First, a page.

Earth Day Meaningful to St. Joseph’s Indian School Students
Thursday, April 21, fifth- and sixth-grade students from St. Joseph’s Indian School spent the afternoon giving their Uŋčí Makȟá (Grandmother Earth) a good cleaning in celebration of Earth Day. They collected garbage in the communities of Chamberlain and Oacoma, S.D., beginning at the elementary school, then sweeping through the Avenue of Flags, across to the city pool and on to Al’s Oasis. They completed the day with a snack and beverage provided by Buche Foods.
Bumping up the fun factor, teams received awards for the most trash, largest item, most awkward piece of garbage and more. Jevjuan Dian was enthused about his team’s prize, stating, “I was glad to win a prize for the most trash picked up by our group. [We] found some big items like a tarp, a piece of a broken sled and other stuff in the trees by the sledding hill in the middle of town.” The collection event is a repeat of last year’s effort that brought in a missing plastic kiddie pool.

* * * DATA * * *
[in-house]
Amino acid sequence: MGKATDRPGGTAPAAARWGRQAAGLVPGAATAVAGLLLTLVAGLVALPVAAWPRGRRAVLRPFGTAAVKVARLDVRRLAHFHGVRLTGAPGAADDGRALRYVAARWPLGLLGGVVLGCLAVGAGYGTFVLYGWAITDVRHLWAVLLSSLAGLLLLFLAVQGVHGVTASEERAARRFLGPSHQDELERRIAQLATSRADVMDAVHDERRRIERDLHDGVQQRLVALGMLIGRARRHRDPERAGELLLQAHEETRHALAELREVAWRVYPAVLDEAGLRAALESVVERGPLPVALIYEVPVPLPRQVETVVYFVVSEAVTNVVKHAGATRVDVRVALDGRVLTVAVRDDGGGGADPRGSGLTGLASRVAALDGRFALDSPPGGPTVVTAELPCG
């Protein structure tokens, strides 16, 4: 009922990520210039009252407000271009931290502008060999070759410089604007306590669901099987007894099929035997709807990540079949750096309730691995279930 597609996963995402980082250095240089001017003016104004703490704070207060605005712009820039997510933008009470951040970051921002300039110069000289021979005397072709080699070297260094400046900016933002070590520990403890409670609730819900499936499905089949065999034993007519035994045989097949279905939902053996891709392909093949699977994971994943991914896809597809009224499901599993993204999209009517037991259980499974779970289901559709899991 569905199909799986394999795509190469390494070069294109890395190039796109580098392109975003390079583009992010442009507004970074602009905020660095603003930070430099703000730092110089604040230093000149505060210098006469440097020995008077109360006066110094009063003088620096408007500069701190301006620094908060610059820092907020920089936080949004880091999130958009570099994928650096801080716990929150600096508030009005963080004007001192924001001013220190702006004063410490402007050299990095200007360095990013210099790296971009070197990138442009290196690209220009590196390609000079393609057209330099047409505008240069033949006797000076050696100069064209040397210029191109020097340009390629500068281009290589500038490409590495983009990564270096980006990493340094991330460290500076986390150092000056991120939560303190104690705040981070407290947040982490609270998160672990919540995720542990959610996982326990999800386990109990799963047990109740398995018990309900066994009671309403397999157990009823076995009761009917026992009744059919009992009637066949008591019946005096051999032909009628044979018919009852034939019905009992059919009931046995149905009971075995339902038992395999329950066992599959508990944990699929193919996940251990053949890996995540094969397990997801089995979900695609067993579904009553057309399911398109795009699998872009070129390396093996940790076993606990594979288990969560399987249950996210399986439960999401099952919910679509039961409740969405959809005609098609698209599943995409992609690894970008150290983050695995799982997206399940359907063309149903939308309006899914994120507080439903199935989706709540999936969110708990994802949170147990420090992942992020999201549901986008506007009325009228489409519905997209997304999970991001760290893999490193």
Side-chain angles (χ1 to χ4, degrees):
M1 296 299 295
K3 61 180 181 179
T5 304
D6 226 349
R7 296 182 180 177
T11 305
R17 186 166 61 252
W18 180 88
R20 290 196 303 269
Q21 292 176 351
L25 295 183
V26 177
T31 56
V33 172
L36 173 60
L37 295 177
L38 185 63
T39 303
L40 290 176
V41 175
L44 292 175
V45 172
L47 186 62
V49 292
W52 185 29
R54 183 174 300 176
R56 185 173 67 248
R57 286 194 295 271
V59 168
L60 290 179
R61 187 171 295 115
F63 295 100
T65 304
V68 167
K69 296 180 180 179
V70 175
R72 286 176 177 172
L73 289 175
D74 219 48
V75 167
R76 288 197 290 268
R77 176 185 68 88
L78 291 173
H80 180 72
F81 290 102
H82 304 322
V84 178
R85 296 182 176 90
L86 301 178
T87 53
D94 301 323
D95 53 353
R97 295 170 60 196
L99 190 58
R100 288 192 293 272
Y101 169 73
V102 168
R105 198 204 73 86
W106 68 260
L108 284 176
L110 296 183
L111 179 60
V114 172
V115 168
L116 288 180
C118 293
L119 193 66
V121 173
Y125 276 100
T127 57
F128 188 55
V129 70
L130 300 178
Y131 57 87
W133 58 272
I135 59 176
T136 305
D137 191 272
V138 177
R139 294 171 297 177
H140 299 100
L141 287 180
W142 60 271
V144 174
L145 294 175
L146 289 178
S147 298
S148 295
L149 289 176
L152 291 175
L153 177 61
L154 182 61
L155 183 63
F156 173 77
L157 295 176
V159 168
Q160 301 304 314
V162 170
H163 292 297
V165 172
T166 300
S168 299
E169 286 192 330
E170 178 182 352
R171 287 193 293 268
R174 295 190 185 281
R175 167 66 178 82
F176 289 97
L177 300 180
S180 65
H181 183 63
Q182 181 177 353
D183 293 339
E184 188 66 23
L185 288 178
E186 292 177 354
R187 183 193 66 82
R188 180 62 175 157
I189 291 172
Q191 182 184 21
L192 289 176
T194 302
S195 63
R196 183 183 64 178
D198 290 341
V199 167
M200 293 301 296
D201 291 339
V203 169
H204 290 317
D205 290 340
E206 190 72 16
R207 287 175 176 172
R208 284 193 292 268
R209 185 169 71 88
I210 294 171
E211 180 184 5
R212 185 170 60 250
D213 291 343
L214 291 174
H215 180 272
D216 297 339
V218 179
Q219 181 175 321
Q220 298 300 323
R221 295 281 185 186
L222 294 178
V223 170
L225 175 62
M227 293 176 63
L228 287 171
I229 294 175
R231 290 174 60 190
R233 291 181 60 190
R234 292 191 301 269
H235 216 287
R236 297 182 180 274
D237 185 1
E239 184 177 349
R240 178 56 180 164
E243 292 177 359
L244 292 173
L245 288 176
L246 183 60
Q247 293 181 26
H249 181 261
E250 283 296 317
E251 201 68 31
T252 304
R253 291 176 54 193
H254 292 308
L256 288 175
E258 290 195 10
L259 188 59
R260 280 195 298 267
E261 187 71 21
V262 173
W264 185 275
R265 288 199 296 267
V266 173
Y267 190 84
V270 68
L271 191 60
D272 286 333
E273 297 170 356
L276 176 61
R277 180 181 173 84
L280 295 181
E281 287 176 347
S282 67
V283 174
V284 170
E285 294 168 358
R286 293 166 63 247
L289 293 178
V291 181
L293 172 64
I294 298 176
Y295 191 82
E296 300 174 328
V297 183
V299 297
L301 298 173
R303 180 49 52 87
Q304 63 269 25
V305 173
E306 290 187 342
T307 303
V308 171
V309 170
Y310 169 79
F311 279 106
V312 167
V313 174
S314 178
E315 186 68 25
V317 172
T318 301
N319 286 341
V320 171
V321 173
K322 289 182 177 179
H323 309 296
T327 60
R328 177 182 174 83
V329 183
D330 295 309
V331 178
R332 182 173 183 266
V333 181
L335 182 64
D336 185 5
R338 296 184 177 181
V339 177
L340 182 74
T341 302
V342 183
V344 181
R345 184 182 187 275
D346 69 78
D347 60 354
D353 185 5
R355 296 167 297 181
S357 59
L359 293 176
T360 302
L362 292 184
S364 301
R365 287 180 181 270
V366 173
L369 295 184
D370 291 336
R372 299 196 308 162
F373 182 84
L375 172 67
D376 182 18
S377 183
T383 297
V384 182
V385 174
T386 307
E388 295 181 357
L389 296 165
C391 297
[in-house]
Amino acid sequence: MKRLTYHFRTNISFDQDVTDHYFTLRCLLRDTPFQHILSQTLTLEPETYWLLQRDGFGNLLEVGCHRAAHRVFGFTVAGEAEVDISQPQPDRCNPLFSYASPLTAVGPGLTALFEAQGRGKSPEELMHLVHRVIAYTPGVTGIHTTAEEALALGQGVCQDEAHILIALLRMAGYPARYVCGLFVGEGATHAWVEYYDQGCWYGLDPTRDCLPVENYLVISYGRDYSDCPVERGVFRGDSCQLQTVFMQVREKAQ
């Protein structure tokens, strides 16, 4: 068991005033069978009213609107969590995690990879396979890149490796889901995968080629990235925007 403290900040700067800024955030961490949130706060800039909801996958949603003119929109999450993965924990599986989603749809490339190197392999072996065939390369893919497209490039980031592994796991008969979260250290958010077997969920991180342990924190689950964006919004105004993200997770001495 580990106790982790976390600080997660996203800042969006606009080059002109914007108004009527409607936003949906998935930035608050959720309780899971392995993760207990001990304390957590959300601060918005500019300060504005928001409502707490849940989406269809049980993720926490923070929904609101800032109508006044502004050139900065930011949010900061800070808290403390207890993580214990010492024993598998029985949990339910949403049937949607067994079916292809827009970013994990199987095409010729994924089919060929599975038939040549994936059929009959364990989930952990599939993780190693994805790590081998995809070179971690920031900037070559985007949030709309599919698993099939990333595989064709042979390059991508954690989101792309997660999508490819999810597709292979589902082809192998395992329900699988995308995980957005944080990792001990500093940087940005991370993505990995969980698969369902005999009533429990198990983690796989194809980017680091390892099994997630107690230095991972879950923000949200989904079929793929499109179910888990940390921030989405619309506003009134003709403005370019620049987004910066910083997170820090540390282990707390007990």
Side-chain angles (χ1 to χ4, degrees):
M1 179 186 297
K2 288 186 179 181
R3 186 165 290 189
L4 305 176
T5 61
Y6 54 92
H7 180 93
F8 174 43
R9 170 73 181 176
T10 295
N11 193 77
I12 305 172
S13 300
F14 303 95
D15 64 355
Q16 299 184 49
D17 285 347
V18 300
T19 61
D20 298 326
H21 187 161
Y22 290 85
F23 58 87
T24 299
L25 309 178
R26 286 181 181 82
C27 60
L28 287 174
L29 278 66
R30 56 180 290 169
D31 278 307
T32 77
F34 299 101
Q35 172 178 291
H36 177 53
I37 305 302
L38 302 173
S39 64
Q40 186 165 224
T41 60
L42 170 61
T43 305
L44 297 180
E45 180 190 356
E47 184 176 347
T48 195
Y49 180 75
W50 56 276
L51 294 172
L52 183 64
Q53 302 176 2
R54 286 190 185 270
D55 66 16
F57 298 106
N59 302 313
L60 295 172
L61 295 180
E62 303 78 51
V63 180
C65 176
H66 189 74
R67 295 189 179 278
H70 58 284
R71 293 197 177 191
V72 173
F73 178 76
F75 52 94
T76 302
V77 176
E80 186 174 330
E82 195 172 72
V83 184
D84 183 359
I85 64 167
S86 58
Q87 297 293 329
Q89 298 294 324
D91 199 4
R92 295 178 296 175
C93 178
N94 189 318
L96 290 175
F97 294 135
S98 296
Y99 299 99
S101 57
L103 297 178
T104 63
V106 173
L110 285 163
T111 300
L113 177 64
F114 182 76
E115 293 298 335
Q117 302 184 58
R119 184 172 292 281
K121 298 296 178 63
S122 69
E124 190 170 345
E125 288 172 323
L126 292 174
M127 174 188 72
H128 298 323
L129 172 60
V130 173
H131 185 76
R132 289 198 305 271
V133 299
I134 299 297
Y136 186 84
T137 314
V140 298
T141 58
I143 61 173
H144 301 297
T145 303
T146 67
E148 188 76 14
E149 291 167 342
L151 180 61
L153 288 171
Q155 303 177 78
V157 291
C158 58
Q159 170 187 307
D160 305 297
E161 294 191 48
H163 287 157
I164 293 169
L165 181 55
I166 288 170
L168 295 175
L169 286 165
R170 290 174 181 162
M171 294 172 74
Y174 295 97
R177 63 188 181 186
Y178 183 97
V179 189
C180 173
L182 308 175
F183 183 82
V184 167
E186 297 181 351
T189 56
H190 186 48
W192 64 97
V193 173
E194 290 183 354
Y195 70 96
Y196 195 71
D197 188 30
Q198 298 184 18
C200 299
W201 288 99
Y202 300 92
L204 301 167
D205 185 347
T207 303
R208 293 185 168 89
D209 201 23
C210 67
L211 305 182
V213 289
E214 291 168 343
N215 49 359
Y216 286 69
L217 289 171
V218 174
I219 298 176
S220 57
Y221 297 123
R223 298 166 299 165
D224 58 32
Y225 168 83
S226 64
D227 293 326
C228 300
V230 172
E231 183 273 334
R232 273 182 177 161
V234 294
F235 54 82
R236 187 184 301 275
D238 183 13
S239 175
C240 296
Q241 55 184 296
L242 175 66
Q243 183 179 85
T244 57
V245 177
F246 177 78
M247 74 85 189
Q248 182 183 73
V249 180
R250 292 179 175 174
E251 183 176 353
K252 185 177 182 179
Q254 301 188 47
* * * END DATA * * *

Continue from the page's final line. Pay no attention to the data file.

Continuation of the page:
But for students, it was about much more than the prizes. Sixth-grader LaKora Mills said she was happy to pick up trash because she felt helpful. Classmate Kayley Cournoyer added, “I was excited to go from the beginning. I found a piece of an old lawnmower by the Avenue of Flags. When I was done, I felt honored to help clean up Grandmother Earth.”
Keeping the celebration alive and present to community members, Buche Foods is selling attractive, reusable grocery totes made for St. Joseph’s for $4 each or three for $10. They come in blue, red-orange and green. Students selected the World Wildlife Foundation to receive 100% of the proceeds from tote sales. These bags were thoughtfully chosen because they are 80% recycled material, unlike many available products.
- You can drive a mile on the amount of gasoline it takes to make 14 plastic grocery bags.
- It takes up to 500 years for a plastic bag to break down in a landfill.
- Plastic bags kill up to 100,000 marine animals a year.
Too much of a hassle?
- Store your shopping bags in your car, where you will always have them handy. It really takes the guesswork out of the situation, and Uŋčí Makȟá and the wakȟáŋheža (children) will be grateful.